This sriracha honey salmon is cooked on top of a bed of mixed vegetables in a foil packet for a complete meal all in one!
Three weeks ago, after 3 flights and about 17 hours of travel, I arrived in Cordova, Alaska. When Copper River Salmon initially asked me to come out for a few days, I was beyond excited to not only finally get to experience Alaska but also delve deep into the whole process of wild salmon from policy set by the state’s Department of Fish and Game that ensures a sustainable fishery now and in the years to come to meeting and eating dinner with some of the fishermen themselves and everything in between.
Wild seafood, particularly salmon, is something I’ve been passionate about for some time. In fact, since I was 18. I can vividly remember driving past fish farms in Greece on my high school graduation trip and the reality of where most seafood I was eating was coming from hitting me smack in the face. I don’t know about you, but fish that have absolutely no room to swim without being on top of each other and pretty much living in their own shit being fed god knows what is no different than the cooped up chickens or feed lot cows we’ve all gotten so passionate about not eating as of late. That’s not the kind of protein I want to put in my body or feed anyone I know and love and so I’ll happily be that person in a restaurant who asks “is the salmon farmed or wild?”.
The great thing is, the answer to that question in my area is more and more becoming “wild” and it’s not only evident in restaurants, it’s starting to happen in the grocery store too. Of course, I’d heard of Wild Alaskan King Salmon before but it wasn’t until being immersed in the food blog world in the past couple of years that Copper River Salmon became something familiar to my ears. I knew it was wild salmon from a certain area in Alaska and I knew it came with a decent price tag when my local store had it in season but other than that, I got off the plane in Cordova not knowing much about this superfood that supports an entire town in some way or another.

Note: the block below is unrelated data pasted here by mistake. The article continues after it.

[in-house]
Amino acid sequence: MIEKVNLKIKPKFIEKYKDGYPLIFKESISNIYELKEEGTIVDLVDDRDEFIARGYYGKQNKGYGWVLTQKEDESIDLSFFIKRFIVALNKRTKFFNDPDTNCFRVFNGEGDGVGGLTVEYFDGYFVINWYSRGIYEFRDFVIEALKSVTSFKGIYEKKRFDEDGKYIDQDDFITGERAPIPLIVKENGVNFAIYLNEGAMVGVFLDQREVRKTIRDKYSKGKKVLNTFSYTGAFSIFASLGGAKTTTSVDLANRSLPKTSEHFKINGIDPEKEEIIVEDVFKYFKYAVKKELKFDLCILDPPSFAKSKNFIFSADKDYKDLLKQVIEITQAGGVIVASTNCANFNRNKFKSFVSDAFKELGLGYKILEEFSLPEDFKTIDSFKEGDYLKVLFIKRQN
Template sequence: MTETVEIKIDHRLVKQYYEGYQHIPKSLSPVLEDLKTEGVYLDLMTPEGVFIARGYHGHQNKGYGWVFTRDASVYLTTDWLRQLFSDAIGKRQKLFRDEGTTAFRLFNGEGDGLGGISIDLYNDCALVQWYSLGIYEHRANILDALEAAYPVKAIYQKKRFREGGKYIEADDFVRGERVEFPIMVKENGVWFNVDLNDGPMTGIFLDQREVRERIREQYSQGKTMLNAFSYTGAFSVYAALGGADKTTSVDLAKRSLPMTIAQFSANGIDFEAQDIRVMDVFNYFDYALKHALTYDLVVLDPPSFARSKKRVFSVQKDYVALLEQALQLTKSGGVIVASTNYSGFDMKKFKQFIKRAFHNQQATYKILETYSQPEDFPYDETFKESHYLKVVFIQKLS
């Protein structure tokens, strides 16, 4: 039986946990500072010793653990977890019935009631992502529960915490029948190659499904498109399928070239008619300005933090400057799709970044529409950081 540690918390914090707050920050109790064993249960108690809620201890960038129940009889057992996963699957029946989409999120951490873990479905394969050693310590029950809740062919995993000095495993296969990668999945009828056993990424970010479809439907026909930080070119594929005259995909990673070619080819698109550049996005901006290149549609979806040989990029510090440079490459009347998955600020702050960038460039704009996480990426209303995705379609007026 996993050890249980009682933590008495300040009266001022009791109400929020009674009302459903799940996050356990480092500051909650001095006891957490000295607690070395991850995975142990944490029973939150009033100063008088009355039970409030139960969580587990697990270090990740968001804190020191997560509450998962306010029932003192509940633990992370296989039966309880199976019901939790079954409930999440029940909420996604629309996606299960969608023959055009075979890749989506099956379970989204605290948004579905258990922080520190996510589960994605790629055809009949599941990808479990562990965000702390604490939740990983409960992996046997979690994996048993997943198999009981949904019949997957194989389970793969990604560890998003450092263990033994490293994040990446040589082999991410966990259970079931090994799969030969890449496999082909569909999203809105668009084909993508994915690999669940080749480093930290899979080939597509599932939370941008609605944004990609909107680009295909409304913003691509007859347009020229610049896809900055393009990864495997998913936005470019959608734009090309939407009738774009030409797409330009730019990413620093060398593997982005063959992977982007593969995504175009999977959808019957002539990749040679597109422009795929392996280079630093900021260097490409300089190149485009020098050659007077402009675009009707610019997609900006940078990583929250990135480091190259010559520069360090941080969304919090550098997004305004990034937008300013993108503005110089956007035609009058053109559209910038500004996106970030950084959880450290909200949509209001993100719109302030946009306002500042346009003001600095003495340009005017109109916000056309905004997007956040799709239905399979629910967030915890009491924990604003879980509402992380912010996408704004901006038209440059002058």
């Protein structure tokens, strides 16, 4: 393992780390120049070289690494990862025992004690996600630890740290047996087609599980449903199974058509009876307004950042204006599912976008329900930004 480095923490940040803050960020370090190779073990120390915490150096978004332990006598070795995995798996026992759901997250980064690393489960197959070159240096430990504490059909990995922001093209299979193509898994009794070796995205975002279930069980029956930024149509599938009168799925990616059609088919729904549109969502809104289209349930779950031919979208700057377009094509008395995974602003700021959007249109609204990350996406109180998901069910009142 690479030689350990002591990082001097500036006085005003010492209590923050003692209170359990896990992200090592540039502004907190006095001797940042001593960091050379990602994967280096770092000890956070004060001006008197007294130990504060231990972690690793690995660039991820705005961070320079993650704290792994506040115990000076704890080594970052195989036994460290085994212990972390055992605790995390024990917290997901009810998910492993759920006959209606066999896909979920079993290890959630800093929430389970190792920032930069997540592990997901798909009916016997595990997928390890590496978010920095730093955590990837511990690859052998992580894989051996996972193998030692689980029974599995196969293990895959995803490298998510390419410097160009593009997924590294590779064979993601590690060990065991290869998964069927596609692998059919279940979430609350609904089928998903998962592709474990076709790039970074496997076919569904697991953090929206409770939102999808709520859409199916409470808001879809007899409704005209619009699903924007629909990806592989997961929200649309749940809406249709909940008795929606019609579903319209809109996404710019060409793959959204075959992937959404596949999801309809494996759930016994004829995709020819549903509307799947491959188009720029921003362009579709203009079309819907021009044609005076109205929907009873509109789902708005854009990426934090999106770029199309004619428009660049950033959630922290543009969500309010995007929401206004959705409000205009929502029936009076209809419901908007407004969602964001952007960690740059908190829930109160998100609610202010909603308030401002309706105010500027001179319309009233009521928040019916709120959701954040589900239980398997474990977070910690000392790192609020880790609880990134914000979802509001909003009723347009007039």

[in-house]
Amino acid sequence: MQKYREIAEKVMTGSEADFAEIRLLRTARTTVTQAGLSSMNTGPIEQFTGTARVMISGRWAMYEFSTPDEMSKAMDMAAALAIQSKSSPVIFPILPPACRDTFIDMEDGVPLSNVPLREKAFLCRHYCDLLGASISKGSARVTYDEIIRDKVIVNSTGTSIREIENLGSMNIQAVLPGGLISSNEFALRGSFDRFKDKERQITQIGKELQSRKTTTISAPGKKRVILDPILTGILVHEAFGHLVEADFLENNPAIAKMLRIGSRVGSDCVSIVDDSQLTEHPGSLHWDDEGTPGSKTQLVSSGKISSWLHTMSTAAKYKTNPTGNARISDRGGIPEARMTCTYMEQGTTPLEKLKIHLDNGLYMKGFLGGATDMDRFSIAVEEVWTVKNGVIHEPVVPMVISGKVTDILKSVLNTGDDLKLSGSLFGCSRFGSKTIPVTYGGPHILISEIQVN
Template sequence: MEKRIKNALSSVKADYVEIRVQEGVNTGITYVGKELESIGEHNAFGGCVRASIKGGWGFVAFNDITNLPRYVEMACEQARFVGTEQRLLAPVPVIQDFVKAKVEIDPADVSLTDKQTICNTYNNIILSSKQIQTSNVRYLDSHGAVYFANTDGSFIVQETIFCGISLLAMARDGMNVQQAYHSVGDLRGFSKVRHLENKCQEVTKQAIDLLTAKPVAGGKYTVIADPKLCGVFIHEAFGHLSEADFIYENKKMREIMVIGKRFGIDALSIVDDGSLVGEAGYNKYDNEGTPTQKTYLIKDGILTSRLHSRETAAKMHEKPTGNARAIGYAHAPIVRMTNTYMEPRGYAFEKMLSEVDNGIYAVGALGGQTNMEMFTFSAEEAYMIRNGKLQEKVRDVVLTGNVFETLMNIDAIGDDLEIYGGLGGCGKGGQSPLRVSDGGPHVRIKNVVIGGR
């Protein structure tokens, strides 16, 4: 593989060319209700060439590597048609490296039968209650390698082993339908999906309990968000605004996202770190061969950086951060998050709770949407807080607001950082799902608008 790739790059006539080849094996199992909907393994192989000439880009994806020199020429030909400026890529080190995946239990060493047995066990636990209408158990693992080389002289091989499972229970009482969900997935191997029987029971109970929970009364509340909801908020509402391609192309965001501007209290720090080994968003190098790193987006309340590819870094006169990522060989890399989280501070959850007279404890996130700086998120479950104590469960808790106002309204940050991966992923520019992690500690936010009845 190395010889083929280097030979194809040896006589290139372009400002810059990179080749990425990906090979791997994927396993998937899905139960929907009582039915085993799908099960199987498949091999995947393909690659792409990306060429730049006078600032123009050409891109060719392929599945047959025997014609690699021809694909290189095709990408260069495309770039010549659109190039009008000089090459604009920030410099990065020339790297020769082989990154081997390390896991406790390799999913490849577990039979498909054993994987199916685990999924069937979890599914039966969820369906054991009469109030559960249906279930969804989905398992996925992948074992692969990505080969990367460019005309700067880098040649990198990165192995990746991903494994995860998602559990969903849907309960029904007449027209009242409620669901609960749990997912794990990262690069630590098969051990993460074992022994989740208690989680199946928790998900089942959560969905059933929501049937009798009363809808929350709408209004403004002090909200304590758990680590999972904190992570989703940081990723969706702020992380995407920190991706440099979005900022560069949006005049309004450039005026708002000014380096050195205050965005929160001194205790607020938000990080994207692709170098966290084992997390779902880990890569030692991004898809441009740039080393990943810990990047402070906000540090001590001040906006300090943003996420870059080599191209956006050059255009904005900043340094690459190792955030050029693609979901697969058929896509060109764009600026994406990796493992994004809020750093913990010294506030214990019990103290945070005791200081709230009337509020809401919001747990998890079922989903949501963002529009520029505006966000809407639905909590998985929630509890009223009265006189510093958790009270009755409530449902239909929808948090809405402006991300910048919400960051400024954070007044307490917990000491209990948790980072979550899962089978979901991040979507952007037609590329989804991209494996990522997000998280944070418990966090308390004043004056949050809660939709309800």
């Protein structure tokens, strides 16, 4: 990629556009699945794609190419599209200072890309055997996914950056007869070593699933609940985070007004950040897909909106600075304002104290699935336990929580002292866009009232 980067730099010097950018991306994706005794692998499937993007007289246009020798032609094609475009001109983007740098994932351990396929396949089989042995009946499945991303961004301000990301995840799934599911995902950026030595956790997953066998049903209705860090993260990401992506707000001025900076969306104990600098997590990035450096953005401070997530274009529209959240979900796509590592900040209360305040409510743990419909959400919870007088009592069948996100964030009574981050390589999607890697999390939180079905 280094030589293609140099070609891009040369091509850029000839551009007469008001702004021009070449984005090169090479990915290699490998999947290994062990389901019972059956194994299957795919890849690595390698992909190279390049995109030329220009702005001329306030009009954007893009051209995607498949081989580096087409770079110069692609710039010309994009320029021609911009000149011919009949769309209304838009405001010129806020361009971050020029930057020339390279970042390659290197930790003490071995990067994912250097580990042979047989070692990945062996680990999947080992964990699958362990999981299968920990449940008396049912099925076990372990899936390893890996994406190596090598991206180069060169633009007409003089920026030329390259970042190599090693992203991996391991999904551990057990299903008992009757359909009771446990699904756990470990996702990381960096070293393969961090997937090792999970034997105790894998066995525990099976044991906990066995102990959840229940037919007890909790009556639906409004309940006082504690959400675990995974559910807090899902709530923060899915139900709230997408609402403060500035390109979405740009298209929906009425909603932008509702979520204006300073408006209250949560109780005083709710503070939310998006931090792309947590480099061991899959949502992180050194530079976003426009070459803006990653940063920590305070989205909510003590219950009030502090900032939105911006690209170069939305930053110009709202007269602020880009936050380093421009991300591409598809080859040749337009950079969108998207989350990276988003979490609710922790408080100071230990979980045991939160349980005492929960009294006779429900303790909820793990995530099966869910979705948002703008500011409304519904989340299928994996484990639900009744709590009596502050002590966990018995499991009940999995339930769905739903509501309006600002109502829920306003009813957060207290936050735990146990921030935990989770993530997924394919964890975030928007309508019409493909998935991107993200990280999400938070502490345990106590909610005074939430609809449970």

During our 5 days in town (with Ayla, Michelle and Savannah) we did everything from visit a glacier, talk on the radio, judge a local food contest, hike, run a road race, fish, explore Orca Bay on a local fisherman’s bowpicker, watch salmon spawning upstream, dine with fishermen, see more bald eagles than I could count, filet, cook and eat a sockeye salmon caught that morning, visit a sonar fish counting station and learn how a tiny salmon otolith (ear bone) can determine where a fish a came from. I wore a hat and gloves in July, saw fish heads left on hiking trails by bears, experienced complete brightness at midnight and went without cell phone service for the longest stretch of time since probably 1998…it was everything I imagined Alaska would be and more.
Cordova is a small town of about 3,500 in season. It’s accessible only by boat or plane and if you live there, you either somehow work in the fishing industry (which is mostly salmon but also some halibut) or you support it in some other way. I’ll fully admit that I had no idea what the life of a fisherman was actually like before this trip unless you count the reality tv biased view of The Deadliest Catch (which, btw, The Northwestern was actually in Cordova while we were there). Lets just say that it’s a bit less drama filled but still quite a hard, tiring, sometimes dangerous but also incredibly rewarding job.
It’s also not a cheap gig to get into. Permits alone (if you can get one because there are a limited amount to keep the sustainability of the salmon in check) can run fishermen $230K+. That doesn’t include the cost of their boat or any other expenses. Most fishermen live outside of Cordova and leave their families for weeks to months at a time to make a living.